How about just a few interesting details about Rumi:
Rumi was born in Balkh, Afghanistan. While he was still a child his family moved all the way to Konya in Asia Minor (Turkey). They moved to flee from Mongol invaders who were beginning to sweep into Central Asia. Konya, far to the west of the invaded territories, became one of the major destinations for expatriates to settle, turning the city into a cosmopolitan center of culture, education, and spirituality.
In fact, Rumi wasn’t the only famous Sufi teacher living in Konya at the time. The best known spiritual figure in Konya at the time was not Rumi, but the son-in-law of the greatly respected Sufi philosopher ibn ‘Arabi. The wonderful Sufi poet Fakhruddin Iraqi also lived in Konya at the same time as Rumi.
“Rumi” was not his proper name; it was more of a nickname. Rumi means literally “The Roman.” Why the Roman? Asia Minor (Turkey) was referred to as the land of the Rum, the Romans. The Byzantine Empire, which had only recently fallen, was still thought of as the old Eastern Roman Empire. Rumi was nicknamed the Roman because he lived in what was once the Eastern Roman Empire. …But not everyone calls him Rumi. In Afghanistan, where he was born, they call him Balkhi, “the man from Balkh,” to emphasize his birth in Afghanistan.
Rumi’s father was himself a respected religious authority and spiritual teacher. Rumi was raised and educated to follow in his father’s footsteps. And, in fact, Rumi inherited his father’s religious school. But this was all along very traditional lines. Rumi was already a man with religious position when he first started to experience transcendent states of spiritual ecstasy. This created a radical upheaval, not only in himself, but also within his rather formal spiritual community as everyone tried to adjust to their leader’s transformation.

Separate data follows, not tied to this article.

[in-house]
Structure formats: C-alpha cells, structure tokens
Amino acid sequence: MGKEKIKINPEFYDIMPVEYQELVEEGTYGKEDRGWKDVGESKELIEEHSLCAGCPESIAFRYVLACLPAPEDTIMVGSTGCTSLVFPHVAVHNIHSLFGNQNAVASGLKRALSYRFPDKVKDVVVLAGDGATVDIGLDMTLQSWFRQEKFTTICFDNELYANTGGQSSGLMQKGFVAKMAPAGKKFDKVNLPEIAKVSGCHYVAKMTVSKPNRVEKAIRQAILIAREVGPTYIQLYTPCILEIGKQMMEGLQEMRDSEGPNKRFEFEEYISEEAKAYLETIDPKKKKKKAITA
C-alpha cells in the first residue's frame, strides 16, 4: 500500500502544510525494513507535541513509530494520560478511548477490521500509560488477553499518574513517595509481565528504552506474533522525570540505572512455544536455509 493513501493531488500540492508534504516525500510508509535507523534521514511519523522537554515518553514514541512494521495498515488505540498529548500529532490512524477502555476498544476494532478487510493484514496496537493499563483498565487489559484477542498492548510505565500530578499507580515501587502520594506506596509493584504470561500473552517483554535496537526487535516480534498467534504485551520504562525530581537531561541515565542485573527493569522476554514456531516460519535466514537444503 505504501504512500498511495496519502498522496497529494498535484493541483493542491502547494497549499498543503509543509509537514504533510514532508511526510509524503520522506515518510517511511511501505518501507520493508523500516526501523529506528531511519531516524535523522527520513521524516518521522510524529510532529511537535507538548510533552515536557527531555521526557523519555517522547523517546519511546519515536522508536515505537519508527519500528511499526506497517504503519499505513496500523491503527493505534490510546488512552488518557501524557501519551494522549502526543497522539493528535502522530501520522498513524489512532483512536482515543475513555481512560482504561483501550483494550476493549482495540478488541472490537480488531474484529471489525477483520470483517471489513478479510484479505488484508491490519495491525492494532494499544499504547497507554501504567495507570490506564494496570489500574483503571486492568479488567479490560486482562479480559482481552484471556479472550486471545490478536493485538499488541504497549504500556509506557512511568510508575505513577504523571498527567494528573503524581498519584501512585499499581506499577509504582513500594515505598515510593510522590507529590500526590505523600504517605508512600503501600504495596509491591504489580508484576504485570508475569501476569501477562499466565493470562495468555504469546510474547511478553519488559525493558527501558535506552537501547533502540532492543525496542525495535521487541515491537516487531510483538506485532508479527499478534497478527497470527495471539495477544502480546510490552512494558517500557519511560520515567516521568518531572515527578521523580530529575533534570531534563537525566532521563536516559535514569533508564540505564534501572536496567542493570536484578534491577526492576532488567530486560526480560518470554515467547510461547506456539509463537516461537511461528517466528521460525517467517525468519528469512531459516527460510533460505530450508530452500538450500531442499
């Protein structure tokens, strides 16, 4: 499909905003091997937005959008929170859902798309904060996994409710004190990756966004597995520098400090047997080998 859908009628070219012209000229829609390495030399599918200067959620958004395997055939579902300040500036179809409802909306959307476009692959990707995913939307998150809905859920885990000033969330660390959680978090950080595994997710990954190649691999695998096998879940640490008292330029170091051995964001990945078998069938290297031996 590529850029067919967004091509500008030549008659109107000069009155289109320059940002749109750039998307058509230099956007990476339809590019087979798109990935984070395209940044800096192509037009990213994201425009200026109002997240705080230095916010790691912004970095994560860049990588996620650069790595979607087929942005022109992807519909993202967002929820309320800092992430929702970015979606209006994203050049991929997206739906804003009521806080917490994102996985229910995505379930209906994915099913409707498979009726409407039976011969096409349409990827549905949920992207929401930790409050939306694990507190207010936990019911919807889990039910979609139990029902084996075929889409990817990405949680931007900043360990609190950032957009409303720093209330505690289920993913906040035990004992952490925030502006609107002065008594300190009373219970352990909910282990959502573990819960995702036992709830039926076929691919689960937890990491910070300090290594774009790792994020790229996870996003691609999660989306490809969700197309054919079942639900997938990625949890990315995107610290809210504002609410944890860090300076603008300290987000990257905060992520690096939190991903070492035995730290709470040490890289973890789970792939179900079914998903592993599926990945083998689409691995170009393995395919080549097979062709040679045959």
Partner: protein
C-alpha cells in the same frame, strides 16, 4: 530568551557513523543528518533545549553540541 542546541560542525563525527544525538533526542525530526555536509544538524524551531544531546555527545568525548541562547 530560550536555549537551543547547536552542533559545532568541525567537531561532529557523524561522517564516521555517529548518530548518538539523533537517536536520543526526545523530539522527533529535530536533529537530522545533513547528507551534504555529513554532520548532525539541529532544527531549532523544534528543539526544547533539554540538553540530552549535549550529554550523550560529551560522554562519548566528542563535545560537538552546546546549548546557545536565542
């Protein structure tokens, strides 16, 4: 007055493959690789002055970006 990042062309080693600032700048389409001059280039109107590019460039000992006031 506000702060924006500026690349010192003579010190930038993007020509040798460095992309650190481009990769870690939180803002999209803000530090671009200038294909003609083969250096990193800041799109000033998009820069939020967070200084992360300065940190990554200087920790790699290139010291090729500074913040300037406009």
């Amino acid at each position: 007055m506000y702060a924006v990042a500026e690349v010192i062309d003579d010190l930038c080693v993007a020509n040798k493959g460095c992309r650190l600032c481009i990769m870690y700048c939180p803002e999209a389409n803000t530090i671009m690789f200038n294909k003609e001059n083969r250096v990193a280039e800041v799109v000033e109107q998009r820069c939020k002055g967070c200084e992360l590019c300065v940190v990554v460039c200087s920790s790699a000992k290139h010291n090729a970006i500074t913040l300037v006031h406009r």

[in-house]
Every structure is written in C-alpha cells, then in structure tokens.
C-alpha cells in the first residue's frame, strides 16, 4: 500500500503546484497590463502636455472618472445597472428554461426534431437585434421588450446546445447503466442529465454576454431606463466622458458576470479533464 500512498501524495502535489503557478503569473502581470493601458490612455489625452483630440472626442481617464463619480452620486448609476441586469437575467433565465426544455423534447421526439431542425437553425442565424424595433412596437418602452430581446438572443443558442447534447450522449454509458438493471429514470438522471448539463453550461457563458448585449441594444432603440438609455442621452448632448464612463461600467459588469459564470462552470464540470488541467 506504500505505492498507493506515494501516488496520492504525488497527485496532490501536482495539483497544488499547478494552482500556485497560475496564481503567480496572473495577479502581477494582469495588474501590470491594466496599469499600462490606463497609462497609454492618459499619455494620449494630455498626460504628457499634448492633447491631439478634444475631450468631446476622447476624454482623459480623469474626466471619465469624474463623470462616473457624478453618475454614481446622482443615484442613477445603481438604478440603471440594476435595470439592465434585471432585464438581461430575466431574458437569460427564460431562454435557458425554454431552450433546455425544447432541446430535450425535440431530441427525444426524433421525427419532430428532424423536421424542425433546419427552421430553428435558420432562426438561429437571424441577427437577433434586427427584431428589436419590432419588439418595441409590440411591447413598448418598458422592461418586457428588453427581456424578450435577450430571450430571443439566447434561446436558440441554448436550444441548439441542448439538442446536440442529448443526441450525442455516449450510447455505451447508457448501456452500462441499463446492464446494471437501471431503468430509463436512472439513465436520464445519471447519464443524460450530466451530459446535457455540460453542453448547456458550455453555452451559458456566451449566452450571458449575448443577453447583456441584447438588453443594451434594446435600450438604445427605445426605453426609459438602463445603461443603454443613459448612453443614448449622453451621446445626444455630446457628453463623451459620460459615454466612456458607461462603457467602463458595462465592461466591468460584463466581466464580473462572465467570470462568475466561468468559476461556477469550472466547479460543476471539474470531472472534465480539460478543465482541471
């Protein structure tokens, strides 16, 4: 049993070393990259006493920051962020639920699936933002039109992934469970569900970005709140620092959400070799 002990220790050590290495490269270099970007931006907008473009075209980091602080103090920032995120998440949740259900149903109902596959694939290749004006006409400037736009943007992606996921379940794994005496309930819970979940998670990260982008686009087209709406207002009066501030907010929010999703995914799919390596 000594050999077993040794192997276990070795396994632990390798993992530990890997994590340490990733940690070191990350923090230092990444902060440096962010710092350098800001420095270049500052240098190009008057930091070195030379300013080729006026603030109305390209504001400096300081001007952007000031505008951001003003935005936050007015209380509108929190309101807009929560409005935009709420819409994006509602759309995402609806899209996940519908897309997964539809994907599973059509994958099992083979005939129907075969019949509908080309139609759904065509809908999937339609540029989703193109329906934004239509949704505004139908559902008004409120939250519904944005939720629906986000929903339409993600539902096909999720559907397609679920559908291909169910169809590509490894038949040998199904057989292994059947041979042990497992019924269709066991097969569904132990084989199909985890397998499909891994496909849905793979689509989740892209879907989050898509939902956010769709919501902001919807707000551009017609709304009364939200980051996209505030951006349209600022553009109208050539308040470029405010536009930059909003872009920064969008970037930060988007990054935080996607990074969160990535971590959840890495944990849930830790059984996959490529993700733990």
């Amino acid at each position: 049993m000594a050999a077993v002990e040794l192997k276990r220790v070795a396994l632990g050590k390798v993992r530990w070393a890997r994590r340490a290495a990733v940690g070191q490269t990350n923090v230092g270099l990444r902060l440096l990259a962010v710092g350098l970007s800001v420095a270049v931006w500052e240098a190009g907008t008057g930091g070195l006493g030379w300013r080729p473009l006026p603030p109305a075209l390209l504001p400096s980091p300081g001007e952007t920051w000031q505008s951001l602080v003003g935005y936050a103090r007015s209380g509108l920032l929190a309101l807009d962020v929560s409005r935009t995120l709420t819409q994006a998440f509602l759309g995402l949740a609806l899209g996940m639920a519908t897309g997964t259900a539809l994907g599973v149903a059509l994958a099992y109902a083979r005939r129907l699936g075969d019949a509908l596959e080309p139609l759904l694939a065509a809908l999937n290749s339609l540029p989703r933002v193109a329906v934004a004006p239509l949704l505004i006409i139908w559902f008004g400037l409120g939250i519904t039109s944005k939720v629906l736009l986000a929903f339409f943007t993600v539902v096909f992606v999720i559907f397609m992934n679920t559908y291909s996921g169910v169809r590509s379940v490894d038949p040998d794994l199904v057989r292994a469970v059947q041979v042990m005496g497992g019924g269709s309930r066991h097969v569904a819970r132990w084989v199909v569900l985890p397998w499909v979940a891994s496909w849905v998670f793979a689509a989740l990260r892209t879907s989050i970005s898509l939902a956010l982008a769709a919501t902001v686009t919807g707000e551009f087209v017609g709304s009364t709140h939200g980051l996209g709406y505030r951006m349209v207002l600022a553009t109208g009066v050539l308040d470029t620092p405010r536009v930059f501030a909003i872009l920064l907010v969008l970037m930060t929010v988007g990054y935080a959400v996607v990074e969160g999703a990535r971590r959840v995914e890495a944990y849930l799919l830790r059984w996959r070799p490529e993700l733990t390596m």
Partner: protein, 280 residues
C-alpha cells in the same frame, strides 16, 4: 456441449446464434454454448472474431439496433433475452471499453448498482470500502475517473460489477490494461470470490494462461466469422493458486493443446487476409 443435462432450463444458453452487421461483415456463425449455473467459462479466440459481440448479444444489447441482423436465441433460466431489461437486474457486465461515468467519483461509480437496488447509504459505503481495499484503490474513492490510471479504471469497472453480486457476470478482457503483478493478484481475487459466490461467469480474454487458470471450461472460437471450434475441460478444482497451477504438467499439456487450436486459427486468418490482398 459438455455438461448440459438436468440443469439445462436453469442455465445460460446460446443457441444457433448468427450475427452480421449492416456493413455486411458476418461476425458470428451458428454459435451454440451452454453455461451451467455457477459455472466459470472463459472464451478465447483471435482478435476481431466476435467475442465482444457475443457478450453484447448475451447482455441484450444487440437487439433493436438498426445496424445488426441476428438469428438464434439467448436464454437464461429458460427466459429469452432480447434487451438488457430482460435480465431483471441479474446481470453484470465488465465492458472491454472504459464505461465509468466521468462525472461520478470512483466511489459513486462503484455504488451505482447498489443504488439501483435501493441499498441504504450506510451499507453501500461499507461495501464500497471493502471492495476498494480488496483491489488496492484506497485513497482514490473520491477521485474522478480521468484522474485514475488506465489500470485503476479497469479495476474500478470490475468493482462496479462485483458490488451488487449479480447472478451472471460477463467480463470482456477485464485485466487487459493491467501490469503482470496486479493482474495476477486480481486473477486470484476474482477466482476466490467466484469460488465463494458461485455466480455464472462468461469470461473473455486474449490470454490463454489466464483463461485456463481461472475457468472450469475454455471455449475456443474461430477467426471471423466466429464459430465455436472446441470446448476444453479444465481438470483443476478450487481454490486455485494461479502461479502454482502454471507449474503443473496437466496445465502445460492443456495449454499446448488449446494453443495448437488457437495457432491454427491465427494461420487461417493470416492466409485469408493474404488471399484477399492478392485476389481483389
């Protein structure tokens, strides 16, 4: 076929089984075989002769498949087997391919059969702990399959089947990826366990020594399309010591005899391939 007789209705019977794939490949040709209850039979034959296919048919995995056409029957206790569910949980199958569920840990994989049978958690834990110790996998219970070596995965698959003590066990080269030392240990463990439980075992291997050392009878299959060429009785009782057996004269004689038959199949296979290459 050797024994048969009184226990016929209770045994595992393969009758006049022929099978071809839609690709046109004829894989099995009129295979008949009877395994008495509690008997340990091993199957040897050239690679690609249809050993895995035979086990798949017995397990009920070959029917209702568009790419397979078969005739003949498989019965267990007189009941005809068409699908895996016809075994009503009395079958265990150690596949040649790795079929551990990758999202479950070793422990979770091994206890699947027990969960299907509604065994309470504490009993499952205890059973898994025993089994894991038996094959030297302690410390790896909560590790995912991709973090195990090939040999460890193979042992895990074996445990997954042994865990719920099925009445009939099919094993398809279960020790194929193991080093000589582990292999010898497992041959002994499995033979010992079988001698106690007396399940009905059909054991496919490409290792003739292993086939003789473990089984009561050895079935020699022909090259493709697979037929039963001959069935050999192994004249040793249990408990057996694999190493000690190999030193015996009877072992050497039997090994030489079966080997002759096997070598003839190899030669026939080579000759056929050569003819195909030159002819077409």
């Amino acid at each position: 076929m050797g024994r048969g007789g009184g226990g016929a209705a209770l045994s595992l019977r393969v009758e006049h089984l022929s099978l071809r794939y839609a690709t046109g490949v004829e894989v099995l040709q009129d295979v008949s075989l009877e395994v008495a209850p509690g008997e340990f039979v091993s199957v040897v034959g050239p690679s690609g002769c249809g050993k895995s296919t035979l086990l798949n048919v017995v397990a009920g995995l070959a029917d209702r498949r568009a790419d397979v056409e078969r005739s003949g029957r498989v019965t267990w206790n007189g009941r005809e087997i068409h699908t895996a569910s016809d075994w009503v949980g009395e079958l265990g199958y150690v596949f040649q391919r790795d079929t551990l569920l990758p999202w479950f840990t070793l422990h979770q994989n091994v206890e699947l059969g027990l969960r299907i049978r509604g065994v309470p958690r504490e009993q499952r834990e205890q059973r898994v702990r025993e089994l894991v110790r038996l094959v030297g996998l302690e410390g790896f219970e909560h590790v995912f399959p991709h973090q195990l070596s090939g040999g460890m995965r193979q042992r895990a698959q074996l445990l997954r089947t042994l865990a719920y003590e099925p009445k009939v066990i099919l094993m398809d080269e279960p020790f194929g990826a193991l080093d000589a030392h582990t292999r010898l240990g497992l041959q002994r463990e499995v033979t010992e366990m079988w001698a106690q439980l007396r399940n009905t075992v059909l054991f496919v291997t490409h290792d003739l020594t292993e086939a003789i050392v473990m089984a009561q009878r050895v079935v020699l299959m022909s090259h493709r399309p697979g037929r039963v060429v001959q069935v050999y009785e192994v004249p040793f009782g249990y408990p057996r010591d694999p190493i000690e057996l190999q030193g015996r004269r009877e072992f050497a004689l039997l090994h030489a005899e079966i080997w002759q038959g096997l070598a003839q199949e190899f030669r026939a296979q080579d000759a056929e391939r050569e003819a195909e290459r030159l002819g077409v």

One more note about Rumi’s father: It was only after his death that some of the father’s private writings were discovered, revealing that he himself was also a profound mystic, though he had kept this part of himself private, apparently even from his son Rumi.
Many of Rumi’s poems make reference to the sun. This always has layered meaning for Rumi since he was deeply devoted to his spiritual teacher Shams of Tabriz… as the name Shams means “the sun.” The sun for Rumi becomes the radiance of God shining through his beloved teacher.
The spiritual bond between Rumi and Shams was profound, but the two individuals were very different. Rumi was a member of the educated elite within the urban expatriate community, while Shams was a poor wandering mystic who rarely stayed in one place long. Shams would often disappear unexpectedly, then return months later. Many of Rumi’s family and students were jealous of Shams, resenting the closeness he shared with their master. Finally, Shams disappeared, never to return. Many believe that he was actually kidnapped and murdered, possibly by Rumi’s own sons!
You’ve heard of “whirling dervishes,” right? Not all Sufis practice that spinning meditative dance. That is specific to the Mevlana Sufis, founded by — yes, Mevlana Jelaluddin Rumi. The story is told that Rumi would circle around a column, while ecstatically reciting his poetry. The spinning is a meditation on many levels. It teaches stillness and centeredness in the midst of movement. One hand is kept raised to receive from heaven, the other hand is kept lowered to the earth, thus the individual becomes a bridge joining heaven and earth.